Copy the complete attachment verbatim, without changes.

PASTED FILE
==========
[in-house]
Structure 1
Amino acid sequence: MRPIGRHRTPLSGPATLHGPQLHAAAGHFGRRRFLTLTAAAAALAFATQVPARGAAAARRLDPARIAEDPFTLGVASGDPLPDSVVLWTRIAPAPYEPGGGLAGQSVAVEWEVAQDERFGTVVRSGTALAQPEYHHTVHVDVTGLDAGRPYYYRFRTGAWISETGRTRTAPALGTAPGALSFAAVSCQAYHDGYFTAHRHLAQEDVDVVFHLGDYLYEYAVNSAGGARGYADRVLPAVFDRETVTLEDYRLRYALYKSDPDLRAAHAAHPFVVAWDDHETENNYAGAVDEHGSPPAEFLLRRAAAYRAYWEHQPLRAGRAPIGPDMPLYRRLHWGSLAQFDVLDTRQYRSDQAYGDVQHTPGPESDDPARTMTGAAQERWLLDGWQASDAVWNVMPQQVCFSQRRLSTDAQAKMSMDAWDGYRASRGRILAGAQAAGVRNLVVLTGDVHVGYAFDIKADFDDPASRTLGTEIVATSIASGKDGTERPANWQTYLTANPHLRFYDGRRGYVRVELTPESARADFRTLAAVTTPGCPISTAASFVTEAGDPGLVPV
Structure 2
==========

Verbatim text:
[in-house]
Structure 1
Amino acid sequence: MRPIGRHRTPLSGPATLHGPQLHAAAGHFGRRRFLTLTAAAAALAFATQVPARGAAAARRLDPARIAEDPFTLGVASGDPLPDSVVLWTRIAPAPYEPGGGLAGQSVAVEWEVAQDERFGTVVRSGTALAQPEYHHTVHVDVTGLDAGRPYYYRFRTGAWISETGRTRTAPALGTAPGALSFAAVSCQAYHDGYFTAHRHLAQEDVDVVFHLGDYLYEYAVNSAGGARGYADRVLPAVFDRETVTLEDYRLRYALYKSDPDLRAAHAAHPFVVAWDDHETENNYAGAVDEHGSPPAEFLLRRAAAYRAYWEHQPLRAGRAPIGPDMPLYRRLHWGSLAQFDVLDTRQYRSDQAYGDVQHTPGPESDDPARTMTGAAQERWLLDGWQASDAVWNVMPQQVCFSQRRLSTDAQAKMSMDAWDGYRASRGRILAGAQAAGVRNLVVLTGDVHVGYAFDIKADFDDPASRTLGTEIVATSIASGKDGTERPANWQTYLTANPHLRFYDGRRGYVRVELTPESARADFRTLAAVTTPGCPISTAASFVTEAGDPGLVPV
Structure 2